Winged Migration | Chicago Reader

Winged Migration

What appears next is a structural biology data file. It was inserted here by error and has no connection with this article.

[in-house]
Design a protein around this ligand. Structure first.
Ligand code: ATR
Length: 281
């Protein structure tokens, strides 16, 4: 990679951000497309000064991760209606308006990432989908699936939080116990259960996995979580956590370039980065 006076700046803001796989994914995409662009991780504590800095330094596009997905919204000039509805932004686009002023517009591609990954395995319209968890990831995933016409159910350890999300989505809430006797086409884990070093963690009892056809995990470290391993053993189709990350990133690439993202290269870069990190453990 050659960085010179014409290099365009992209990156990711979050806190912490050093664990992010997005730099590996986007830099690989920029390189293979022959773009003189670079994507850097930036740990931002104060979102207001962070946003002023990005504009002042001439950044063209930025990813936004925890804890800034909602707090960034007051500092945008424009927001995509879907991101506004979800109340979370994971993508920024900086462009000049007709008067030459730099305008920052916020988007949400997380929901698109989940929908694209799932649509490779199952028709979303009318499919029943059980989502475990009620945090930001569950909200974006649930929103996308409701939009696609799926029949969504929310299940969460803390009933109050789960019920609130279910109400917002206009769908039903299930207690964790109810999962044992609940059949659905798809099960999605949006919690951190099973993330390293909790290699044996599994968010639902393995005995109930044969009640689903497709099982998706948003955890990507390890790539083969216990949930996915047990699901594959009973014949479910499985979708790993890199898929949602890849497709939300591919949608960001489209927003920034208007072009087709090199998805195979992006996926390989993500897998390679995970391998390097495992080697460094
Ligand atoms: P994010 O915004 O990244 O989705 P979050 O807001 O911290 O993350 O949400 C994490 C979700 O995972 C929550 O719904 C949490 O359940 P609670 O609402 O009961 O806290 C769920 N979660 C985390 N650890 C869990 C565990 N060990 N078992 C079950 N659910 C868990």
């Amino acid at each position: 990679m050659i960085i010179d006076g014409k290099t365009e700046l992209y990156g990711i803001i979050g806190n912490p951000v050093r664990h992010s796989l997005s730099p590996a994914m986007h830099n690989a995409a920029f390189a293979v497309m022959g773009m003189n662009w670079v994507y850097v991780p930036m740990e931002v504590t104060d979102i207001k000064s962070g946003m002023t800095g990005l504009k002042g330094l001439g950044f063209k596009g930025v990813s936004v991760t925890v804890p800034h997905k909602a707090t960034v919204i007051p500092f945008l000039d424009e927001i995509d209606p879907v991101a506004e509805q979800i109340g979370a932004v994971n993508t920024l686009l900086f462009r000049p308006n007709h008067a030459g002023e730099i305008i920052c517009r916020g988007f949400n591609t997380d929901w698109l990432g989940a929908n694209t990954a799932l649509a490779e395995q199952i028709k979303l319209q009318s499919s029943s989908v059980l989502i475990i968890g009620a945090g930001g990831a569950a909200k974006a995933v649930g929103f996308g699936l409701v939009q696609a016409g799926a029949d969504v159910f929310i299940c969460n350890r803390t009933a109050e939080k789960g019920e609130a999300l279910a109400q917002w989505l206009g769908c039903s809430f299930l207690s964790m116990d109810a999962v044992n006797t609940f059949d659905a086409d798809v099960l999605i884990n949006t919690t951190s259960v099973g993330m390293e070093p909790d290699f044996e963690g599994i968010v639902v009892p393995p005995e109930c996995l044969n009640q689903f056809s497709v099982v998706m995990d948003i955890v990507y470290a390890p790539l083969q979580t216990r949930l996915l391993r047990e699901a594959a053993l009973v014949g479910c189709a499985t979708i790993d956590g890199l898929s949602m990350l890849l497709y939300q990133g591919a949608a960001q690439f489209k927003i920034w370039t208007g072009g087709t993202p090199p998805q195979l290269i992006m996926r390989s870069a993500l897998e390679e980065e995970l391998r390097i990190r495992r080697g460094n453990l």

This up-close avian travelogue from producer Jacques Perrin (Microcosmos, Himalaya) is the most astounding cinematic testament to flock mentality since Hitchcock's The Birds. With a team that included 12 cinematographers, Perrin traversed the globe between 1998 and 2001, filming dozens of bird species (bald eagles, arctic terns, red-crowned cranes) on their arduous annual migrations. Shots from gliders, helicopters, and ultralight motorized aircraft simulate not only a bird's-eye view but the exhilaration of traveling in a flying V. A paean to a primal urge, this 2001 French feature is packed with suspense (a lone bird trying to locate its fellows), drama (penguins protecting their chicks from albatrosses), and violence (an army of crabs converging on an injured gull). Following these creatures on a large screen is the next best thing to having one's own wings.

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